I think it’s Leadership on the Line by Linsky and Heifitz. What I love about this book is the way it foregrounds the leader as a flawed person doing difficult things to the best of his or her ability. It’s rather different to so many books that really describe leaders (perhaps implicitly) simply as loci of technical skills, or repositories of strategies to be operationalised in ways that maximise shareholder value, or some other such abstract goal. I’ve always felt that the leadership literature tends to ignore the person, with all their worries and failings - but this book addresses it. There’s no one story I can tell here, but the book has given me a useful framework to understand my own reactions in complex situations. I re-read it every few years.
6. How do you build leadership capacity in a large enterprise?
So much is contextual, but I think the main thing is related to the previous answer. See the leaders as people; with their own hopes, aspirations, strengths, weaknesses, dreams and complexities; and know that as humans they created and are created by the culture in which they exist. So work with them to create an organisational culture that nurtures and inspires. If you can get that right, and critically, if the organisation has a compelling Mission, then leadership capacity will be ripe for growth. Then there are a million tools and protocols that will work; but it is the broader matrix of articulated and enacted and constantly communicated values and aspirations that created the soil in which capacity will grow and people will flourish.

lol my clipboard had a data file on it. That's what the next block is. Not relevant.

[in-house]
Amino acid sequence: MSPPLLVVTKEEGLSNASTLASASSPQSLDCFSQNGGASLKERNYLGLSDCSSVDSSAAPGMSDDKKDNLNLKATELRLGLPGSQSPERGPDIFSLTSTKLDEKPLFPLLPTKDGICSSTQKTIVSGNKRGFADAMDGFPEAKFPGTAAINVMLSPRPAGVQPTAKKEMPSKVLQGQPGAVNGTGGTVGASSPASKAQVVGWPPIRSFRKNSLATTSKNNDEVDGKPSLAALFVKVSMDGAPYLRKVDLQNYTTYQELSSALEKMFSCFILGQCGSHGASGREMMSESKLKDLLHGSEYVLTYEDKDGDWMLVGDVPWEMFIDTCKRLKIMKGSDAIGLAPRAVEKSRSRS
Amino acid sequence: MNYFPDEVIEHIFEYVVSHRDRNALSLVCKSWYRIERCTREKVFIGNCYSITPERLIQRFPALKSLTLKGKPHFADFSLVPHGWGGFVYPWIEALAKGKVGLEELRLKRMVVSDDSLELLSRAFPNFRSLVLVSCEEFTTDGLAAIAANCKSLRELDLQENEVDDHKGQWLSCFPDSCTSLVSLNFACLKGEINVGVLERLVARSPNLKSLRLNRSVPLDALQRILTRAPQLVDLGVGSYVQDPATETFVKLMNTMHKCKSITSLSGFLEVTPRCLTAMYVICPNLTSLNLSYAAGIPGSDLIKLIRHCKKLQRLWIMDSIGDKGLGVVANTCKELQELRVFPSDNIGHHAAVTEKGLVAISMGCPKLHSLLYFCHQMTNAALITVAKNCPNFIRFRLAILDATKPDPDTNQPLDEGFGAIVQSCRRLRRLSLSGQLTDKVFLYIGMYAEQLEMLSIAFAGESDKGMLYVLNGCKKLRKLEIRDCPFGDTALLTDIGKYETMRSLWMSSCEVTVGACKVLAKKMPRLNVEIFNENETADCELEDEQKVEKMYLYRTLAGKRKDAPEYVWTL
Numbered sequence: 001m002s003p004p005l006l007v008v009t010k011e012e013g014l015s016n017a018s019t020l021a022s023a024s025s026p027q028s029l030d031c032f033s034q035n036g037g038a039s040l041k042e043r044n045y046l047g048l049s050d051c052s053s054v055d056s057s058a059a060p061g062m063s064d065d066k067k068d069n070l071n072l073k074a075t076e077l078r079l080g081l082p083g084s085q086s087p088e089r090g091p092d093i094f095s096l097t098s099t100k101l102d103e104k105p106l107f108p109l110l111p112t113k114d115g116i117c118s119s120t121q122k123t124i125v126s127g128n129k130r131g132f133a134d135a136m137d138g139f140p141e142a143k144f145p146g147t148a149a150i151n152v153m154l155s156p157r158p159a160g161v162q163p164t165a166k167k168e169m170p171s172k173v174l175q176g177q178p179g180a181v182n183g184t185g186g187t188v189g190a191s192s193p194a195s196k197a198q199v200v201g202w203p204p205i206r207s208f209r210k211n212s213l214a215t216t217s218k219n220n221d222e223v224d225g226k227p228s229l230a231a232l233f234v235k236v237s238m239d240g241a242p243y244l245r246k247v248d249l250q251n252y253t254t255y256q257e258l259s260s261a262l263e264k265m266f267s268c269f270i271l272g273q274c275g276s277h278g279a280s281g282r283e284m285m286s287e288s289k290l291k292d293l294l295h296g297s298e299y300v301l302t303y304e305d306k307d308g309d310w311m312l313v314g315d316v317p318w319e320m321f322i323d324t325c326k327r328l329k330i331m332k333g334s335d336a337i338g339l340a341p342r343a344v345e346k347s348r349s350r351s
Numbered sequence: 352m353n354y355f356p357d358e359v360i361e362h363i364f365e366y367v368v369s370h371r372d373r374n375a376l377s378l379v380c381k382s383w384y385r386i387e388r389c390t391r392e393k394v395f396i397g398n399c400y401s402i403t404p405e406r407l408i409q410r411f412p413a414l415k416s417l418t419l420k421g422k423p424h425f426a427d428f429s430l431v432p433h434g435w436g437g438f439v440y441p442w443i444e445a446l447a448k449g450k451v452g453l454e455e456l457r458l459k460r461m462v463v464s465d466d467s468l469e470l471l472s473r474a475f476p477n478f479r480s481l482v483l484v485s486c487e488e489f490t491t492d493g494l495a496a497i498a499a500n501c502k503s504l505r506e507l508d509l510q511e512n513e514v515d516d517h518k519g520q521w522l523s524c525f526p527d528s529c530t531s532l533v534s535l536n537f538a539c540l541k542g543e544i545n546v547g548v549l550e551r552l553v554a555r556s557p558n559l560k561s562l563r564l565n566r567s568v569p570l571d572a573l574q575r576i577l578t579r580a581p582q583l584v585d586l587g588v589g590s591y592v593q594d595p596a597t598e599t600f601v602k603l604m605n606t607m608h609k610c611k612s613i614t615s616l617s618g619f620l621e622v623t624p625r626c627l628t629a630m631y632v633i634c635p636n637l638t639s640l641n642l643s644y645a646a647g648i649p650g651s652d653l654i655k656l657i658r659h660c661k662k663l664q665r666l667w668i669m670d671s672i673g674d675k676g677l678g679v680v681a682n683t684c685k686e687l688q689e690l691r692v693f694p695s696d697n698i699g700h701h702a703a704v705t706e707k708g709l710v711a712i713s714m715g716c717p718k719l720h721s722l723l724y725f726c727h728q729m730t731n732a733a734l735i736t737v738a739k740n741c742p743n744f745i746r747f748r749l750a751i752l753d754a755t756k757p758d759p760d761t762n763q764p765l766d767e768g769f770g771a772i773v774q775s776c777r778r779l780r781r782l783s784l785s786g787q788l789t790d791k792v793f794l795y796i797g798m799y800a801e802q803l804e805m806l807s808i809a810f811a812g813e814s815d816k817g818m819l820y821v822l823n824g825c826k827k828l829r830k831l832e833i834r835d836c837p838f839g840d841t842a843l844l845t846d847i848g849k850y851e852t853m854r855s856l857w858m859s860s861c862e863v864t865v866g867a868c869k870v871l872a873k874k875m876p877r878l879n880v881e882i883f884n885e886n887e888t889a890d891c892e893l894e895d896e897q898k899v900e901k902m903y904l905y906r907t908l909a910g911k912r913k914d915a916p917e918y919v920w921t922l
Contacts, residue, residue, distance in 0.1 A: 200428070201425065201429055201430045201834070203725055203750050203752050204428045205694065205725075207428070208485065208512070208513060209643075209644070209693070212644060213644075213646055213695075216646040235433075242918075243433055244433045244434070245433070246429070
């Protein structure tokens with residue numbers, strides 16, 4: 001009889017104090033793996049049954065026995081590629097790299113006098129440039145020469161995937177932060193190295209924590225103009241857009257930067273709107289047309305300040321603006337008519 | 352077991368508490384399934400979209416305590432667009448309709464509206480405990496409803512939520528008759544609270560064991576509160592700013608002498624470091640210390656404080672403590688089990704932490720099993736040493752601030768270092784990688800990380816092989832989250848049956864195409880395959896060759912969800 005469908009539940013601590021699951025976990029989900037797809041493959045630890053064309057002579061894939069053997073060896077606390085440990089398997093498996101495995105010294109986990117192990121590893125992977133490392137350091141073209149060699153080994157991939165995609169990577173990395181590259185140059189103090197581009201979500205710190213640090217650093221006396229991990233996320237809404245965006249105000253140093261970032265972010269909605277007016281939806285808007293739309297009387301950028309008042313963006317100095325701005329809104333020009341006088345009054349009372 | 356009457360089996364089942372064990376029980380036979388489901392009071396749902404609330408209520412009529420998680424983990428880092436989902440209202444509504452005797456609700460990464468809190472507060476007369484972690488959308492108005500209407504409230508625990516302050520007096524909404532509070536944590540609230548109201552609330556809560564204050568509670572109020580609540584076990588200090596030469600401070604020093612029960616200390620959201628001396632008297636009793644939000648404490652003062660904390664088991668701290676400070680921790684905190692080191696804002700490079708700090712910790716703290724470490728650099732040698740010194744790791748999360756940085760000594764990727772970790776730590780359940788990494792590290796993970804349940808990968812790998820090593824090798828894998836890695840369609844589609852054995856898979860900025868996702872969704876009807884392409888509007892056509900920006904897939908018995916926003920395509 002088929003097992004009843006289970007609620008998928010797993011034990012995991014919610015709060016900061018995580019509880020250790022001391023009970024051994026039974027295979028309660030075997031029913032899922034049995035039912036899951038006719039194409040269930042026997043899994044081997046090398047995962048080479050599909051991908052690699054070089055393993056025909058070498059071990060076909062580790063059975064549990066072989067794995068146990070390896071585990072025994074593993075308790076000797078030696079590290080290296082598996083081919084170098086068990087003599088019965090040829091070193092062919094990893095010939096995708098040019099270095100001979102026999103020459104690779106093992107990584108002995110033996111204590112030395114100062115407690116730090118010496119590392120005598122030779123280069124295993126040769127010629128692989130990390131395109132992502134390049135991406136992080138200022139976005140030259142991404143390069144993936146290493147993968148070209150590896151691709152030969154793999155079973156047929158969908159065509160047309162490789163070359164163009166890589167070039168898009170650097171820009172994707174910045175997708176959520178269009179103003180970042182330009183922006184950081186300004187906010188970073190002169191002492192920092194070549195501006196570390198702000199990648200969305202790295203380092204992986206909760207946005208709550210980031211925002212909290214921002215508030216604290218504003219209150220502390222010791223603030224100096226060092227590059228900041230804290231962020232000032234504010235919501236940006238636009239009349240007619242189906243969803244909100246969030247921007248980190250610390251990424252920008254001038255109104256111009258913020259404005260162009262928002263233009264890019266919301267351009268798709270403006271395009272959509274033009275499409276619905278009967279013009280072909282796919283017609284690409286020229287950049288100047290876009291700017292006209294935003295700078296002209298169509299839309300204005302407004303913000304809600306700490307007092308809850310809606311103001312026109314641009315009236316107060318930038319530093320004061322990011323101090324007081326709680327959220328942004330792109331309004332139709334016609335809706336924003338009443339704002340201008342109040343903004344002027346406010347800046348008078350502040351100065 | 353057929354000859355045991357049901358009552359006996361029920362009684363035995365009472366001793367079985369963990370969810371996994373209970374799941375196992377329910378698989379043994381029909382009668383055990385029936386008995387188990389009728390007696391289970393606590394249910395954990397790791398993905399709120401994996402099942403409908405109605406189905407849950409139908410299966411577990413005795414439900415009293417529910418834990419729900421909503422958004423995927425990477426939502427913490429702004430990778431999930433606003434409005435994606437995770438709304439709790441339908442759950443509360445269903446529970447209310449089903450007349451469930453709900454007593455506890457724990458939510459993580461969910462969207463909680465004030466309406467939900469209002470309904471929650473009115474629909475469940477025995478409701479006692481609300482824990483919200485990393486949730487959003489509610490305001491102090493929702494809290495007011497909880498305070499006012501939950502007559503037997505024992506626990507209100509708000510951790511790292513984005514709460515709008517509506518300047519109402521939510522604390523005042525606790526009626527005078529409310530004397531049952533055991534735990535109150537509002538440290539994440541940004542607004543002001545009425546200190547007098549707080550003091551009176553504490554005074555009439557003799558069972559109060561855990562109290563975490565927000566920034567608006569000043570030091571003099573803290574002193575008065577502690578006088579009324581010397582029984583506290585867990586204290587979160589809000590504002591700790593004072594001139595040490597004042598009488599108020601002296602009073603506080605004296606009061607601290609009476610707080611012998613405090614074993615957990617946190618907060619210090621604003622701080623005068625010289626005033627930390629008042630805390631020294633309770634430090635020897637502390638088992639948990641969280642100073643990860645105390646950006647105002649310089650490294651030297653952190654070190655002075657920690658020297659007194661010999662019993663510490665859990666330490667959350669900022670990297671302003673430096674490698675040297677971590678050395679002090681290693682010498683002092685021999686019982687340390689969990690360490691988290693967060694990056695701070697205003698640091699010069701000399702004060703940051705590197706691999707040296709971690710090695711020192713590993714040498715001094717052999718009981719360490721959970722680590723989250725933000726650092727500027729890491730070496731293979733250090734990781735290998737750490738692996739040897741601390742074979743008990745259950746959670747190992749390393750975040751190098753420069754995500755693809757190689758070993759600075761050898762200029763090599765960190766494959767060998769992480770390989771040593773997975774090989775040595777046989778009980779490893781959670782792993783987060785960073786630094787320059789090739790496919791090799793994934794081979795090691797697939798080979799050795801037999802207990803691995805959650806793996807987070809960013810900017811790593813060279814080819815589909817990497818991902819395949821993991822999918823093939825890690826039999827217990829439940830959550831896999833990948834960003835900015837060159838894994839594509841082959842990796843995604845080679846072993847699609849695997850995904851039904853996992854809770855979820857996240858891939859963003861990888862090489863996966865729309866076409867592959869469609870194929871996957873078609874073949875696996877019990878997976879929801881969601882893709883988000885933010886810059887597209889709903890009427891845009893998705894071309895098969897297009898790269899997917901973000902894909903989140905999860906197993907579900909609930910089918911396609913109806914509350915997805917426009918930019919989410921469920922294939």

7. If you had to pick just one story, what would be the most meaningful story from your time as a CEO or executive of a large enterprise so far?
Wah, so many lah! I suppose one thing I was especially touched by was what happened when I thought I would try an internship programme for our Grade 12 Alumni, to come and spend more time at the school after graduation. I was a little unsure if it would work, thinking who would want to spend even more time at school after just finishing K-12 education, especially when our students have so many options available to them? But I was overwhelmed with the number of applicants - far more than we had anticipated, and when the (small) budget ran out, they wanted to come for free. And when we interviewed the prospective interns, what we heard what just how happy they had been at school; how inspired by their teachers they had been; how they wanted to give something back; or how they wanted to learn more about being a teacher; or just wanted not to leave but to be in school for longer. Now, I’m always mindful that families don’t always give me the unfiltered truth about their experiences - but here was a wonderful affirmation of all the massive work we’d done over the years, to build a positive, enriching and inspiring culture. It’s a warm glow of satisfaction when this happens.